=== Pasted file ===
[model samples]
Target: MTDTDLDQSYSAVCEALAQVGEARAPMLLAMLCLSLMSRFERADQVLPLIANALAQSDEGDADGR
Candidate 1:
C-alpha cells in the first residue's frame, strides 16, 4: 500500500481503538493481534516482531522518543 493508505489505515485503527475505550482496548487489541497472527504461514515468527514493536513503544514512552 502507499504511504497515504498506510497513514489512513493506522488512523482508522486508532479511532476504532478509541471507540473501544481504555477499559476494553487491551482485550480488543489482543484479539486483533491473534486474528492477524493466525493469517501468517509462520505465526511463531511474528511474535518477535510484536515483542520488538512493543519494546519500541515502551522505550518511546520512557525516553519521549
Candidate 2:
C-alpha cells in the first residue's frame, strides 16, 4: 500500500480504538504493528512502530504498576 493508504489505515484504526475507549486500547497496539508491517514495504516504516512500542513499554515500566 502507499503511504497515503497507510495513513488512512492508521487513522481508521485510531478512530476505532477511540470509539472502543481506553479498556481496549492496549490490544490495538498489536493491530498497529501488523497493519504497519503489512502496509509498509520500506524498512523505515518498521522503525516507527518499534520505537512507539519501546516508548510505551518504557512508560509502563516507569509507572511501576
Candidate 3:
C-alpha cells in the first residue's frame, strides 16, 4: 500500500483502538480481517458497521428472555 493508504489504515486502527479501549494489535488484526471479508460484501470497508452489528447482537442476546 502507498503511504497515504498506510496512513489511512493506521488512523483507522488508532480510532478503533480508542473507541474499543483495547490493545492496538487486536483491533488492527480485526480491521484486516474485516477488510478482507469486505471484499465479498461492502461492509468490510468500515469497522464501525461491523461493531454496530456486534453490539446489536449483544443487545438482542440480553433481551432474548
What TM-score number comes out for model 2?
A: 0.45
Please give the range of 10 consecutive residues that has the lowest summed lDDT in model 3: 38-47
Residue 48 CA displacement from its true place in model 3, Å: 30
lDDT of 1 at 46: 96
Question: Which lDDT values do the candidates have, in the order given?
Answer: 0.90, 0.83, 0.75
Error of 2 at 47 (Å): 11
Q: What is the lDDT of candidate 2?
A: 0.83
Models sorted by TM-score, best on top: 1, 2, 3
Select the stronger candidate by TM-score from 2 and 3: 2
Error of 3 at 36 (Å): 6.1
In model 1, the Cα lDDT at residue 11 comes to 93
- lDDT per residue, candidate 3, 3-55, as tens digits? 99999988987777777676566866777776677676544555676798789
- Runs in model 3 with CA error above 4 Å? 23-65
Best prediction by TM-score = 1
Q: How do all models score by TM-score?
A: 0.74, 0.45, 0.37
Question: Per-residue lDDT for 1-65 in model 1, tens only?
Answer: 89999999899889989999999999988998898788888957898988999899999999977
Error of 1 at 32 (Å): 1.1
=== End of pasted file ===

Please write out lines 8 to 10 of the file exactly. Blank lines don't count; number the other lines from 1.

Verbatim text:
C-alpha cells in the first residue's frame, strides 16, 4: 500500500483502538480481517458497521428472555 493508504489504515486502527479501549494489535488484526471479508460484501470497508452489528447482537442476546 502507498503511504497515504498506510496512513489511512493506521488512523483507522488508532480510532478503533480508542473507541474499543483495547490493545492496538487486536483491533488492527480485526480491521484486516474485516477488510478482507469486505471484499465479498461492502461492509468490510468500515469497522464501525461491523461493531454496530456486534453490539446489536449483544443487545438482542440480553433481551432474548
What TM-score number comes out for model 2?
A: 0.45